I muttered a profanity or two under my breath.
Before long, the corner of Millennium Park came into view. I breathed a sigh of relief, thinking excitedly of the many benches the park must contain.
“Well, we’re here.” I beamed as winning a smile as I could muster. “Almost time to go back, right?”
“No.” His voice was that of a patient school teacher. “I didn’t say we’d walk to the edge of the park. We are walking to the other end of the park.”
I opened my mouth and promptly closed it.
We were about to pass the Chicago Cultural Center, when he stopped for a moment.
“Have you ever been to the Chicago Cultural Center?” He asked me.
“Yes,” I regarded him with suspicion. “Why do you ask?”
“I’d like to check it out. And just think of all that marble flooring. It’ll be good for you.”
I forced a grin, bearing my teeth. “Of course it will.”
Thankfully, the Cultural Center had more carpeting than he had anticipated. We walked silently for a while, admiring the intricate moldings, ornate columns and vaulted ceilings. My companion led me up a few flights of stairs. We walked in aimless circles. When he decided he’d had enough of the Cultural Center, we left. Much to my surprise, my companion turned us towards State Street and away from Millenium Park.
“Where are we going?”
My companion’s smile was as enigmatic as ever.
Holy shit, it dawned on me, the bastard was serious!
Price to Pay
Within minutes of scanning the racks of discounted designer shoes, I found a beautiful pair of Ferragamo peep toe sandals. I’d never seen anything like them. They were made of pale rose and antique violet leather, with intricate designs along the sides and along the toe. While I’m not one to put that much stock in name brands, I don’t think I’d ever seen a pair of Ferragamos up close. I thought they were myths told by trophy wives and perpetuated on by Sex and the City reruns. Even I knew that finding a pair of those shoes for under 200 dollars was almost unheard of. My companion looked on as I admired the shoes.
“The heel looks a little low.” Said my companion. They were 4 1/2 inch heels. “But they are quite beautiful.”
It almost pained me to take them off. “Well, they’re a definite possibility.” I said.
I started to walk away with the black stilettos dangling from my fingers. My companion shot me a meaningful look. I heaved a sigh and put them back on.
My companion kept a slight distance as I browsed aisle after aisle of shoes, falling ever more in love with the Ferragamos. None of the other shoes stacked up. This pair was too chunky, that heel was too low. Another pair looked too much like the pair on my feet. I eventually returned to the Ferragamos.
My companion flashed me a predatory smile, coming close enough to hiss in my ear. “I will buy you those shoes if you like them, but only under the following conditions.” His voice was low and calm. “You will wear them all the way back to the hotel. I will stay behind you and will not support you. You will support your own weight the whole way back.”
I swallowed hard. Ok, that would be difficult, but not impossible. If I took my time, I might be able to endure the journey.
“That’s not all.” My companion continued, “Every time we pass by a trash can, you will go up to it an pretend to dry heave into it.”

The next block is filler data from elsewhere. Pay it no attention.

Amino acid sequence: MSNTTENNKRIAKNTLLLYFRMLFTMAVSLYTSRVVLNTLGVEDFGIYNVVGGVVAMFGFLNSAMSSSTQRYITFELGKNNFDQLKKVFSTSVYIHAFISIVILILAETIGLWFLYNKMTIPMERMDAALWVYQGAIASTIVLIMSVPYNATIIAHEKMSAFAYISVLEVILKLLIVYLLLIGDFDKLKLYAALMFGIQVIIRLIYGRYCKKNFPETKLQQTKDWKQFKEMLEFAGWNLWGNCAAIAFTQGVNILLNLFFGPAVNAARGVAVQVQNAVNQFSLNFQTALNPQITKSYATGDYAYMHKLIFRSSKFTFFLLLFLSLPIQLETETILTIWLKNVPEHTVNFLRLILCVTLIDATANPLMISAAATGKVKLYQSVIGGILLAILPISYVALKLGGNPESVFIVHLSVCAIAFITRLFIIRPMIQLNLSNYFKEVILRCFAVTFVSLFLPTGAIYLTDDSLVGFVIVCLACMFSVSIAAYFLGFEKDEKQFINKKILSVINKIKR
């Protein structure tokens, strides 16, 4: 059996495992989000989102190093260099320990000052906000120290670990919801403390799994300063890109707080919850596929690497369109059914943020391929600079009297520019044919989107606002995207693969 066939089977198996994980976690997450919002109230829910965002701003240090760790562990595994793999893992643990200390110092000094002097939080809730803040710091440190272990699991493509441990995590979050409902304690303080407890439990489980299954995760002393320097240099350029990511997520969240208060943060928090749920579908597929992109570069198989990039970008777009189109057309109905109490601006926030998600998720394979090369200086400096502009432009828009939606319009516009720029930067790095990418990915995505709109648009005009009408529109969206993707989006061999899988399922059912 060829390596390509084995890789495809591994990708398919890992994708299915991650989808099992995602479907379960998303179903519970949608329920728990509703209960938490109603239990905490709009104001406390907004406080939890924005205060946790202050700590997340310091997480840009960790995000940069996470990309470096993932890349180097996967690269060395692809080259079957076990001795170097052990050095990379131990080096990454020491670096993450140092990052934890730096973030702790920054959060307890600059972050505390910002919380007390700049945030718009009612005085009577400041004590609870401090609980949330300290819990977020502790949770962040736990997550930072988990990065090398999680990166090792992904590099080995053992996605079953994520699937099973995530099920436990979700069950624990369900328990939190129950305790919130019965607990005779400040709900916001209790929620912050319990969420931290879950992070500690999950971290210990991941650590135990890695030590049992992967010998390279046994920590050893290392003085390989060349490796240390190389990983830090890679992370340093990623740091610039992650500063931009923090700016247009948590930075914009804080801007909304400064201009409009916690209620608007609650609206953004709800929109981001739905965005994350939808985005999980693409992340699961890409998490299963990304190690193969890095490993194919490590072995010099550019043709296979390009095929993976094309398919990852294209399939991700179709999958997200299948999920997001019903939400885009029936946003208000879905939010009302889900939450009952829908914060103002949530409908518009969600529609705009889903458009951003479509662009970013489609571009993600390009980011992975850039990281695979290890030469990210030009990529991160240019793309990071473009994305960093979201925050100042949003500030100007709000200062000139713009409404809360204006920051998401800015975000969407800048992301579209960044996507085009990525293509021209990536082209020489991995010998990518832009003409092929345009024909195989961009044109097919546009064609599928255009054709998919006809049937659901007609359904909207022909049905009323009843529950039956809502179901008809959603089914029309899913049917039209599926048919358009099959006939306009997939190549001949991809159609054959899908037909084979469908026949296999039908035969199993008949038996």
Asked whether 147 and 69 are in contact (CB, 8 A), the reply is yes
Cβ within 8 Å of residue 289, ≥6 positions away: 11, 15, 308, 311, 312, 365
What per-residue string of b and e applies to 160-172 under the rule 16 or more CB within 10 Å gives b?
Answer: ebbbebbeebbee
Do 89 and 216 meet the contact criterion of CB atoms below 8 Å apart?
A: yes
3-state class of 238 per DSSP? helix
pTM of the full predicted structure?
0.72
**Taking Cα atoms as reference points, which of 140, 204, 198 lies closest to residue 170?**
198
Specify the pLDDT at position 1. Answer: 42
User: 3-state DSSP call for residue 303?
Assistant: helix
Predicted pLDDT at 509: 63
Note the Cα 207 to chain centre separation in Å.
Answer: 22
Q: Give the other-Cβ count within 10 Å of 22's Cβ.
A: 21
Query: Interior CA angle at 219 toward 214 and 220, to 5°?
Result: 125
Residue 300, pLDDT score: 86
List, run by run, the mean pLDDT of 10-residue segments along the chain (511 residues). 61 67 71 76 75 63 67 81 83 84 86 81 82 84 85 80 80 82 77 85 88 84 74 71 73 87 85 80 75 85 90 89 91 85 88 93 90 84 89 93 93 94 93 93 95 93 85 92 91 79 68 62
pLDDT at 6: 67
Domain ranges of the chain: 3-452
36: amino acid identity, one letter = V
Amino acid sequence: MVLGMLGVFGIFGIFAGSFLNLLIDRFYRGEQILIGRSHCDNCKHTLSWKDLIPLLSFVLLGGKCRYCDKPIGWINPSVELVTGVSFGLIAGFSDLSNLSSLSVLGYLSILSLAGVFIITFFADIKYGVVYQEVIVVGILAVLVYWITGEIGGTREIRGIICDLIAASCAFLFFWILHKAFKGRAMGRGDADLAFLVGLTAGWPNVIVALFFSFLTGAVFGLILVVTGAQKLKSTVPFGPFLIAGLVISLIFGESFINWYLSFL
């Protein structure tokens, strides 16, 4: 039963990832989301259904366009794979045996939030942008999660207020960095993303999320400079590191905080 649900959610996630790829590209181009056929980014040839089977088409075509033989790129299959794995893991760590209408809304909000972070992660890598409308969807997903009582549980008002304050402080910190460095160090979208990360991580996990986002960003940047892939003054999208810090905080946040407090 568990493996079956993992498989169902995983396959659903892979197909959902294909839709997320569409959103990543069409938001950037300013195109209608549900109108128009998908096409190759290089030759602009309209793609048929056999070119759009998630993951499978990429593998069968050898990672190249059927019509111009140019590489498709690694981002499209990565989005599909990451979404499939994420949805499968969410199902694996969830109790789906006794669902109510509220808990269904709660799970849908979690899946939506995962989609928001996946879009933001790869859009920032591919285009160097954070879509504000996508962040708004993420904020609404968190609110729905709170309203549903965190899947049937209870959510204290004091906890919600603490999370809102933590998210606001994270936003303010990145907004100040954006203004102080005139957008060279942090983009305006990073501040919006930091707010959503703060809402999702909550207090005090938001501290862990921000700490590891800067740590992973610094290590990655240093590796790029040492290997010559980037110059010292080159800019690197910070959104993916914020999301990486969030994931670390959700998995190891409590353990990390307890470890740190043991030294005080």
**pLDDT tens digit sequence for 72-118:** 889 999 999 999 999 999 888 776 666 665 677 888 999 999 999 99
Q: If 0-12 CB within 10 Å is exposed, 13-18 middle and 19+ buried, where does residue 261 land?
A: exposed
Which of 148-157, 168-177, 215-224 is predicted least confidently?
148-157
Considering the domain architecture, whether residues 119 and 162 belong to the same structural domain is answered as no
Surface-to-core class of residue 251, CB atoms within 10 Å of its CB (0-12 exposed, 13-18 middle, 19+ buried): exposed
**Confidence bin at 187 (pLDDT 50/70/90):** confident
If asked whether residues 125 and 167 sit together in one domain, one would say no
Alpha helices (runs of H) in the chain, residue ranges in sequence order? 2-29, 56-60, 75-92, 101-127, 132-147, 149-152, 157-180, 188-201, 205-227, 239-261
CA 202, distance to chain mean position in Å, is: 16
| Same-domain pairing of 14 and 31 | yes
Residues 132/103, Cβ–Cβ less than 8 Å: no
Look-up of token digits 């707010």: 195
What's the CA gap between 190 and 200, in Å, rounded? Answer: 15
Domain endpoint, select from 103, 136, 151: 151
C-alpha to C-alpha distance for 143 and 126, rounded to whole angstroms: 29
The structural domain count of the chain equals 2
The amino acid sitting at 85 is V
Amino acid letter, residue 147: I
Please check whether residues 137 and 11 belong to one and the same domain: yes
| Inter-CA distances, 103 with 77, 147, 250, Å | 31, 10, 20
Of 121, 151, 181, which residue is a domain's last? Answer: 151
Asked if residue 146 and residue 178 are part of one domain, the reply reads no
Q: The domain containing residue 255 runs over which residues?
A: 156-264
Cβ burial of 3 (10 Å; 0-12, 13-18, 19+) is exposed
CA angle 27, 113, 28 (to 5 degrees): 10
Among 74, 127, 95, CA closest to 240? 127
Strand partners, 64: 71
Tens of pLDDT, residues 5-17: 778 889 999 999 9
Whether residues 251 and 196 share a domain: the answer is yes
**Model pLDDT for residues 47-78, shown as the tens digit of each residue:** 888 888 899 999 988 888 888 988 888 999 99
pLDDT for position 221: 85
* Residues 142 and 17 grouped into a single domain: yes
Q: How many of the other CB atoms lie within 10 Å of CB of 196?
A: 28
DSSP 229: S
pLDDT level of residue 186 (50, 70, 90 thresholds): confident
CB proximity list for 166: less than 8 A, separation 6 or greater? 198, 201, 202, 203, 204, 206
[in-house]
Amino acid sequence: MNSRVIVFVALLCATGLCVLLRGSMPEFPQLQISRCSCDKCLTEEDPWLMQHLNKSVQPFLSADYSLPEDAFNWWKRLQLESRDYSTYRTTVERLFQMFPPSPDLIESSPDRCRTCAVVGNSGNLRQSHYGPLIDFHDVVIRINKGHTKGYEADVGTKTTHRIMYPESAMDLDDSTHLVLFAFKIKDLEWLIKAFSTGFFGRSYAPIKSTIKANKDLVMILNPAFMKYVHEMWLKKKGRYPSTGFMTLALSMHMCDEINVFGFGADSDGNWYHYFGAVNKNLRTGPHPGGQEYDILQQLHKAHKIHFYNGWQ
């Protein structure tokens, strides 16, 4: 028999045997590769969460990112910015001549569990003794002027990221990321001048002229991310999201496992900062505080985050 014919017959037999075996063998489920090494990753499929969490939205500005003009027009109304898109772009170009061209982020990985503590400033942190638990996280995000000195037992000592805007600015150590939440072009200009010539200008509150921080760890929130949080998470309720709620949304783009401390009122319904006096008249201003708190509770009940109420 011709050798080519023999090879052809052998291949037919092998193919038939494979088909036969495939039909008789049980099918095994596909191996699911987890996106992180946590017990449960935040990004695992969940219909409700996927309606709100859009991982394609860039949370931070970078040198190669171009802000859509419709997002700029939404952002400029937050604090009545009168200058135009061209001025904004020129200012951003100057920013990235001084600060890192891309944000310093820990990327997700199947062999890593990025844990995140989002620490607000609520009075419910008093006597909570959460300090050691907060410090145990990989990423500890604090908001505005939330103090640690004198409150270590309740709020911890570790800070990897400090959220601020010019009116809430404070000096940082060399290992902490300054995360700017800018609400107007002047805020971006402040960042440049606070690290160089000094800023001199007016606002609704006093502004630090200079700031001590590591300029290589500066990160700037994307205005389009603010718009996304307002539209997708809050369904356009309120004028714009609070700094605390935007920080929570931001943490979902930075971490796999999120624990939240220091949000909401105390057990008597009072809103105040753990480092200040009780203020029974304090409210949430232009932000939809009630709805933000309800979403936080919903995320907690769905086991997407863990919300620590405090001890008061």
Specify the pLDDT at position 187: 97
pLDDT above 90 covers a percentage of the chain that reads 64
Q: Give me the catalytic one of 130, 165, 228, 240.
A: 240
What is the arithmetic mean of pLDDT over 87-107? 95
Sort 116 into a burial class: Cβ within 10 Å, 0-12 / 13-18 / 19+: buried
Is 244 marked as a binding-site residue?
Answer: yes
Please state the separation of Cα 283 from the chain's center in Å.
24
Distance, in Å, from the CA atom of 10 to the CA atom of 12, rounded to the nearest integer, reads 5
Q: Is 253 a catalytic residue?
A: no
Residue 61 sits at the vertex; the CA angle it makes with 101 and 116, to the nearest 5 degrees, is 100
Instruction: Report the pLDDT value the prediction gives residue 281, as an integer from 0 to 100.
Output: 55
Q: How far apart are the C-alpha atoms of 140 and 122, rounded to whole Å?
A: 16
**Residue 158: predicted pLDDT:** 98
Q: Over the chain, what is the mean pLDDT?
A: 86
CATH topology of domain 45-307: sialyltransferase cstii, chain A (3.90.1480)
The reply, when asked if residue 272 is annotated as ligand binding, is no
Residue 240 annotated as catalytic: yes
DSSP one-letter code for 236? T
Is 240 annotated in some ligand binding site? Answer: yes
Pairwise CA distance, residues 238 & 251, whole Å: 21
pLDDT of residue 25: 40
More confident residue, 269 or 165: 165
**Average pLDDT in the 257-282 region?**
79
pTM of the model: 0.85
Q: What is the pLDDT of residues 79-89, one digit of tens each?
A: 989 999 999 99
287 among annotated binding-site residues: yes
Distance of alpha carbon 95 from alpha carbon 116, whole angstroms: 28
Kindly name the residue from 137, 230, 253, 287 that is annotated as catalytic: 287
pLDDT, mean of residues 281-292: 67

I went pale as he spoke. The very thought of fulfilling his demands wrenched at my stomach.
“No.” I pleaded, my eyes growing wide. “Oh please no. Please don’t make me!”
My companion barely even blinked.
Words all but failed me as panic took hold of my voice. “I’ll walk… I’ll walk all the way but not that. Just… Please. Please Don’t make me.” Tears started to blur my vision.
My companion’s expression did not waver. “That’s the deal. I’ll be downstairs by the cashiers.” I stared after him as he vanished down the escalator and then regarded the heels in my hands.
Decisions and Consequences
It wasn’t about the shoes. Not entirely, at least. Hell’s bells,[*] I probably needed another pair of shoes like I needed a hole in the head. My companion’s ultimatum pitted my stubbornness against my pride. The stubborn streak in me didn’t want me to fail my companion’s expectation. Ironically enough, I teach a class where I stress both the challenges and the importance of respecting one’s own limits. I was really feeling the challenge bit in that moment. If I came down the escalator empty handed, I’d have to admit both to him and myself that I hit a wall. On the other hand, just how far was I willing to go? Was proving a point and getting the shoes worth drawing that much negative attention to myself?
My companion was waiting for me at the bottom of the escalator, typing something on his phone. He glanced up at me as I stepped onto the escalator.
I looked him in the eye when I reached the bottom.
My hands were empty.
“I can’t.” I said flatly. My companion’s face was inscrutable. “I just can’t.”
In that moment, his entire posture relaxed. He looked relieved, almost overjoyed.
“You know,” he said, “I really would have been heartbroken if you came down the escalator with those shoes.”
He held me close. It took me a while to register his words.
“Go,” He said, eyes beaming. “Get the shoes. I’ll meet you at the checkout line, and then we’ll take a cab back. You can wear them out if you like.”
I blinked at him in astonishment. “You really don’t have to.” I stammered.
“I know.” He replied. Another smile wrinkled the corners of his eyes. This one was warm and inviting. “Now, go get your shoes.”